Adaptive resonance theory allows the user to control the degree of similarity of patterns placed on the same cluster; Solution to the stability-plasticity dilemma; Plasticity: the ability of a net to respond to (learn) a new pattern equally well at any stage of learning; Stability: remember memorized patterns. ART1 is binary input classification and ART2 is continuous-valued input classification.

ART1 neural networks cluster binary vectors, using unsupervised learning. The neat thing about adaptive resonance theory is that it gives the user more control over the degree of relative similarity of patterns placed on the same cluster.

An ART1 net achieves stability when it cannot return any patterns to previous clusters (in other words, a pattern oscillating among different clusters at different stages of training indicates an unstable net. Some nets achieve stability by gradually reducing the learning rate as the same set of training patterns is presented many times. However, this does not allow the net to readily learn a new pattern that is presented for the first time after a number of training epochs have already taken place. The ability of a net to respond to (learn) a new pattern equally well at any stage of learning is called plasticity (e.g., this is a computational corollary of the biological model of neural plasticity). Adaptive resonance theory nets are designed to be both stable and plastic.

The basic structure of an ART1 neural network involves:

* an input processing field (called the [F.sub.1] layer) which happens to consist of two parts:

** an input portion ([F.sub.1] (a))

** an interface portion ([F.sub.1](b))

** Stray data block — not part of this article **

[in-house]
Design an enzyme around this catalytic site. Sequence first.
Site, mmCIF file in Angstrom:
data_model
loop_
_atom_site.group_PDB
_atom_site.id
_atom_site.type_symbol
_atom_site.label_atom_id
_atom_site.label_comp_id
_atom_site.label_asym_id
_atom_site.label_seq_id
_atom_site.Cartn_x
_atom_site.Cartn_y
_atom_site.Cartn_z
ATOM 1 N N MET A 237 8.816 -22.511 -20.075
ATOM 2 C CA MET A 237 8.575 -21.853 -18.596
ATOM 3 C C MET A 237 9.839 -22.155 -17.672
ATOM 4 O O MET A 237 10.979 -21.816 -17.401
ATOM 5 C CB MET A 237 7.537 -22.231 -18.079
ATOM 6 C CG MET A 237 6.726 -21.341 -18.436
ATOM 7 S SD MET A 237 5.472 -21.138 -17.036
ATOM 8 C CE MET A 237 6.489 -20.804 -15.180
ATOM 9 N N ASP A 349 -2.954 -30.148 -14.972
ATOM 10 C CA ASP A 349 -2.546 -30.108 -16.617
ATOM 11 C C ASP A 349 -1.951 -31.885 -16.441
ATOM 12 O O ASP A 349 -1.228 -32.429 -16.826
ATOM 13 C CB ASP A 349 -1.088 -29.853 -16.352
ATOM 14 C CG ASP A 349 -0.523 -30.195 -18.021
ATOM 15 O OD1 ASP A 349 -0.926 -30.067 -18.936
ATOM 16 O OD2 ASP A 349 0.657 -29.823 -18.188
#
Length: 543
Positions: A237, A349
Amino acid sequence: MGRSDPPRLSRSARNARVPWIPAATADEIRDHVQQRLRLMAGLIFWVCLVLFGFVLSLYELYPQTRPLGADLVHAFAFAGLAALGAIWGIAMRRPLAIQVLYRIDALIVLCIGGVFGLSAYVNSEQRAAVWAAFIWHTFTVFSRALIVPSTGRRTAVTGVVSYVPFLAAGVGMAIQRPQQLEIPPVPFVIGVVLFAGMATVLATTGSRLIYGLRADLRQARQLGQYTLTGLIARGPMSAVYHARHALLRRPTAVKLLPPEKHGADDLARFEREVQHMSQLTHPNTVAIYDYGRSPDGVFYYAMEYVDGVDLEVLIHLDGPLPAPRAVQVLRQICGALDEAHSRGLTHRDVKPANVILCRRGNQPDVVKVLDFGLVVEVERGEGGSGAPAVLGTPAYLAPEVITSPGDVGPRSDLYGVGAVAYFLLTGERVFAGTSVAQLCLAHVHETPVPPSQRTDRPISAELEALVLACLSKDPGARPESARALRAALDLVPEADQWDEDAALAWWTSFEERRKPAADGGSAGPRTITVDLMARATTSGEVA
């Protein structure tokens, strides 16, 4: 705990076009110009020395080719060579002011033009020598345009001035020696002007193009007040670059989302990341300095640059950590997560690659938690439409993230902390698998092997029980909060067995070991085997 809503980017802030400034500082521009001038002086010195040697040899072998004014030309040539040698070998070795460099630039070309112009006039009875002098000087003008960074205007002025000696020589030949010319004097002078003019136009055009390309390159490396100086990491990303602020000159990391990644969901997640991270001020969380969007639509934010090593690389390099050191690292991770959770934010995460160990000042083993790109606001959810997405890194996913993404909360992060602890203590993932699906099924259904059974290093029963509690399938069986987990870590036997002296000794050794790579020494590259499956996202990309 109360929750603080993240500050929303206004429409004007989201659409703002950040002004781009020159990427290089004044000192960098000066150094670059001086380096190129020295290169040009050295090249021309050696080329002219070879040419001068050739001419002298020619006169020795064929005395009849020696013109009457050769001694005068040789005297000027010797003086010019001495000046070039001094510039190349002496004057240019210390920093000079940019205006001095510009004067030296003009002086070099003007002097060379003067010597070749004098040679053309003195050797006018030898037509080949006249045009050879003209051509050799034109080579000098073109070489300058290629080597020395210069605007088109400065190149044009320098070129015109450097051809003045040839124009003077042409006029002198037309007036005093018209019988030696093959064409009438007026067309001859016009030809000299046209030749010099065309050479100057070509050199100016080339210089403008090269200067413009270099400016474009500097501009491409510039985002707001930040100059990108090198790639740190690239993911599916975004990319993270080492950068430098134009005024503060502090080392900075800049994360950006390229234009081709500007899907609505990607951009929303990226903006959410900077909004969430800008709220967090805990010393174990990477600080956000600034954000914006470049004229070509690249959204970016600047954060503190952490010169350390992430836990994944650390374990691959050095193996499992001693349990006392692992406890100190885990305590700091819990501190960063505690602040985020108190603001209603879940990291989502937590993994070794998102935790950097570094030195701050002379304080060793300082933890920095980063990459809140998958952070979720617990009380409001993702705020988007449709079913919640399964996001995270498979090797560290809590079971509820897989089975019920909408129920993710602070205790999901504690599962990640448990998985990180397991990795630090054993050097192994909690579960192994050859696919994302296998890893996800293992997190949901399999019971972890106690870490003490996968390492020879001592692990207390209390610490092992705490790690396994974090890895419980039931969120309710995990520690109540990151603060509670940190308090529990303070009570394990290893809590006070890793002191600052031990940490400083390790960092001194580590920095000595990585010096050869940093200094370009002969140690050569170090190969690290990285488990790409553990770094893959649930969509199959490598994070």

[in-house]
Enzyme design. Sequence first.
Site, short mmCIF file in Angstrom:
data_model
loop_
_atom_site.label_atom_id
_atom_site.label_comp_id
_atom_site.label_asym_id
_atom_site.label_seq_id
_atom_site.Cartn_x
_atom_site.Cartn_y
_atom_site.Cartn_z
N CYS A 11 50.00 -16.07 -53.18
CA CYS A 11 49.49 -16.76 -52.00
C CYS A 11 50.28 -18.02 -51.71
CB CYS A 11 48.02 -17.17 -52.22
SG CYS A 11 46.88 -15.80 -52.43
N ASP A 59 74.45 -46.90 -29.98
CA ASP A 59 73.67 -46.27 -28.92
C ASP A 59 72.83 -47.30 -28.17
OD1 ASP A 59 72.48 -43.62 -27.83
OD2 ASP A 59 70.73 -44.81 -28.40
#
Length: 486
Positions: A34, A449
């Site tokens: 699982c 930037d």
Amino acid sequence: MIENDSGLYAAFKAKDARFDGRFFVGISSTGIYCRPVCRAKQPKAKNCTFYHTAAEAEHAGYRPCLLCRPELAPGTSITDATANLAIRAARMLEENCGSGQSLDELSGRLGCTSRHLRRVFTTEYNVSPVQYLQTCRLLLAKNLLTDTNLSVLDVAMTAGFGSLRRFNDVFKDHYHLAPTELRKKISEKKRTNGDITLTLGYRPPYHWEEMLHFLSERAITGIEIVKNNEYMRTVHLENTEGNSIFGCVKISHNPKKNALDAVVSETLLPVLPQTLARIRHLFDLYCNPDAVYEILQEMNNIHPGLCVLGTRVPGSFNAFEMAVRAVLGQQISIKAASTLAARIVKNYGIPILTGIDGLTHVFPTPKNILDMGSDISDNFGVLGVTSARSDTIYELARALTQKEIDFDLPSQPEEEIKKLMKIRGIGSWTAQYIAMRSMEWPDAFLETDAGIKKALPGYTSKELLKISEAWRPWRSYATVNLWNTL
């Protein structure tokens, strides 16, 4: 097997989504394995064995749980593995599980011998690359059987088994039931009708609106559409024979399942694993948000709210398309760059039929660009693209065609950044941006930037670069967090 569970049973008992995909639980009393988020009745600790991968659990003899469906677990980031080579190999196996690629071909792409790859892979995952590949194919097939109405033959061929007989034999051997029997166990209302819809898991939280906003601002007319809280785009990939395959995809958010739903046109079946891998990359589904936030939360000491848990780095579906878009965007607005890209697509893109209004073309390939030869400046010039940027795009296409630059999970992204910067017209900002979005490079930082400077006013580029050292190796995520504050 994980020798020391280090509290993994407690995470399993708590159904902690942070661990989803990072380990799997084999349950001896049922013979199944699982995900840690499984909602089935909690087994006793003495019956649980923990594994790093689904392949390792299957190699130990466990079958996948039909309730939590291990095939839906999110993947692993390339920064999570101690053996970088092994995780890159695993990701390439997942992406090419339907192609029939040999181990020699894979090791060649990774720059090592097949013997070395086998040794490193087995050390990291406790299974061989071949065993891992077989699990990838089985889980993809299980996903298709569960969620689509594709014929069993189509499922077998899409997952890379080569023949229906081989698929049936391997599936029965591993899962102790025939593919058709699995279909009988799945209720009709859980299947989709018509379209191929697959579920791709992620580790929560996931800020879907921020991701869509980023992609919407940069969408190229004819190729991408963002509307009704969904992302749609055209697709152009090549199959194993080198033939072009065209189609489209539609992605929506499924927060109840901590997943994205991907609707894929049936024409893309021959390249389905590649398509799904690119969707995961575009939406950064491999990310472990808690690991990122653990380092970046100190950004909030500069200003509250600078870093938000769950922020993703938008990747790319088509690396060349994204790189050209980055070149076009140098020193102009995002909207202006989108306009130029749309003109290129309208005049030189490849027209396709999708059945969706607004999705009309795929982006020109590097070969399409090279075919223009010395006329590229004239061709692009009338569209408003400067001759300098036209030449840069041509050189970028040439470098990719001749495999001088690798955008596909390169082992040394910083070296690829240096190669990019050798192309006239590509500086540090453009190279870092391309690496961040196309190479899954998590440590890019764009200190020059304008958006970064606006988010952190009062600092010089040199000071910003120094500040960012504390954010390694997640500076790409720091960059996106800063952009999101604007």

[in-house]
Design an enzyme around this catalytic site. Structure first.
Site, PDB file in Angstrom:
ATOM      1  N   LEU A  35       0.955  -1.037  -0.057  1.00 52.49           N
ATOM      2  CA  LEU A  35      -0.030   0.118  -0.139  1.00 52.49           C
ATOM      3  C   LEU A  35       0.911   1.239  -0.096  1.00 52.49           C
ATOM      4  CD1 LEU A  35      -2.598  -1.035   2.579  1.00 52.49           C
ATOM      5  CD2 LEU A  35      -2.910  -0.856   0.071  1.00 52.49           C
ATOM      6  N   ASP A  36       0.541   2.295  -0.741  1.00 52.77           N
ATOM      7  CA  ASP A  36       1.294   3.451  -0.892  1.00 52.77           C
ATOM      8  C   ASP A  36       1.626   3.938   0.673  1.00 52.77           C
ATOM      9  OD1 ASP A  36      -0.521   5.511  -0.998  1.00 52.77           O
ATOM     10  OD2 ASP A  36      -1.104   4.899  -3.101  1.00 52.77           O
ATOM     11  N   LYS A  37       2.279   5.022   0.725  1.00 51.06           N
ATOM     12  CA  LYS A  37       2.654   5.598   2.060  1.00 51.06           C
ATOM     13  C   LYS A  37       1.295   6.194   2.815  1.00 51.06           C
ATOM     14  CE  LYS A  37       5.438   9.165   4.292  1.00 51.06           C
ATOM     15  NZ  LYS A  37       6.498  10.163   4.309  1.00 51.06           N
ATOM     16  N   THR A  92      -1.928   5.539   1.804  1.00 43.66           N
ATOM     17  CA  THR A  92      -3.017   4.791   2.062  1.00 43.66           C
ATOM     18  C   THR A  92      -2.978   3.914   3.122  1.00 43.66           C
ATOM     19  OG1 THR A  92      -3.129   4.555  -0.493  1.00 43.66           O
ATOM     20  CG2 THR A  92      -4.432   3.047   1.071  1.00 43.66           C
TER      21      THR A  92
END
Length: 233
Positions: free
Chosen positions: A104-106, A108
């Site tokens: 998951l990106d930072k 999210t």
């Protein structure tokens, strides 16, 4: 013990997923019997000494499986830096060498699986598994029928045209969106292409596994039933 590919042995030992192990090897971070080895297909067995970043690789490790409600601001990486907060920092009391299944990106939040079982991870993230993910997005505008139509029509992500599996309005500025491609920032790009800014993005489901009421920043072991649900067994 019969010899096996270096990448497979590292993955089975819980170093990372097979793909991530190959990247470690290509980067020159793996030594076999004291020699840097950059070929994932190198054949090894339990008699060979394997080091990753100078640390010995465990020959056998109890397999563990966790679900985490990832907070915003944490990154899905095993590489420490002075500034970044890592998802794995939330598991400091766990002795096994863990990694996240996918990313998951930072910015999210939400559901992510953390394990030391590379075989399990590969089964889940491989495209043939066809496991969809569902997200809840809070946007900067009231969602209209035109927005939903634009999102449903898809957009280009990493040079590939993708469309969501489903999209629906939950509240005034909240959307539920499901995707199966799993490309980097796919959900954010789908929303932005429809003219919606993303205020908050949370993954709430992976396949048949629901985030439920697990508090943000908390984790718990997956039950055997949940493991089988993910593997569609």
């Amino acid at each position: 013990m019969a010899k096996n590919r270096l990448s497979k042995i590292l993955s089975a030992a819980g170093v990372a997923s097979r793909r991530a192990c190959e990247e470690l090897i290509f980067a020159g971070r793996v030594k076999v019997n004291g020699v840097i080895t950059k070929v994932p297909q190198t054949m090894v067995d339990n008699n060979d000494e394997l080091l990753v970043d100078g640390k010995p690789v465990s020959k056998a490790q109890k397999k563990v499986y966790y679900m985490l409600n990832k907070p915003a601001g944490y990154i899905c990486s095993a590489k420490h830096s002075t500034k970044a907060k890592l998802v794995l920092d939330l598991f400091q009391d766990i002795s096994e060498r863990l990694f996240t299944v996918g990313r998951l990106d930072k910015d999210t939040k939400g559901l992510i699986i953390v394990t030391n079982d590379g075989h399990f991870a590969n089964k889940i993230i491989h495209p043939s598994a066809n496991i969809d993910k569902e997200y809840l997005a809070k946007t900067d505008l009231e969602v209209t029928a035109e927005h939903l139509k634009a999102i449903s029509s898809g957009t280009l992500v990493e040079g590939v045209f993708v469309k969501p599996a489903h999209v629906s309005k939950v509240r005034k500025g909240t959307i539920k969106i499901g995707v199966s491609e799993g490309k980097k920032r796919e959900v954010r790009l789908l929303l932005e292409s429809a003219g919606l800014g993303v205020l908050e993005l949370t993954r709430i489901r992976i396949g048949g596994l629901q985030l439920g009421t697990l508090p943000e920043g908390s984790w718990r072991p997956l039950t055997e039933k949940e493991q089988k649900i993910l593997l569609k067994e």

* the cluster units (the [F.sub.2] layer)

* and a mechanism to control the degree of similarity of patterns placed on the same cluster

* a reset mechanism

* weighted bottom-up connections between the [F.sub.1] and [F.sub.2] layers

* weighted top-down connections between the [F.sub.2] and [F.sub.1] layers

[F.sub.1](b), the interface portion, combines signals from the input portion and the [F.sub.2] layer, for use in comparing the similarity of the input signal to the weight vector for the cluster unit that has been selected as a candidate for learning [4].

To control the similarity of patterns placed on the same cluster, there are two sets of connections (each with its own weights) between each unit in the interface portion of the input field and the cluster unit. The [F.sub.1](b) layer is connected to the [F.sub.2] layer by bottom-up weights ([b.sub.ij]). The [F.sub.2] layer is connected to the [F.sub.1](b) layer by top-down weights ([t.sub.ij]).

The [F.sub.2] layer is a competitive layer: The cluster unit with the largest net input becomes the candidate to learn the input pattern. The activations of all other [F.sub.2] units are set to zero. The interface units, [F.sub.1](b), now combine information from the input and cluster units. Whether or not this cluster unit is allowed to learn the input pattern depends on how similar its top-down weight vector is to the input vector. This decision is made by the reset unit, based on signals it receives from the input [F.sub.1](a) and interface [F.sub.1](b) layers. If the cluster unit is not allowed to learn, it is inhibited and a new cluster unit is selected as the candidate. If a cluster unit is allowed to learn, it is said to classify a pattern class. Sometimes there is a tie for the winning neuron in the [F.sub.2]layer, when this happens, then an arbitrary rule, such as the first of them in a serial order, can be taken as the winner [7].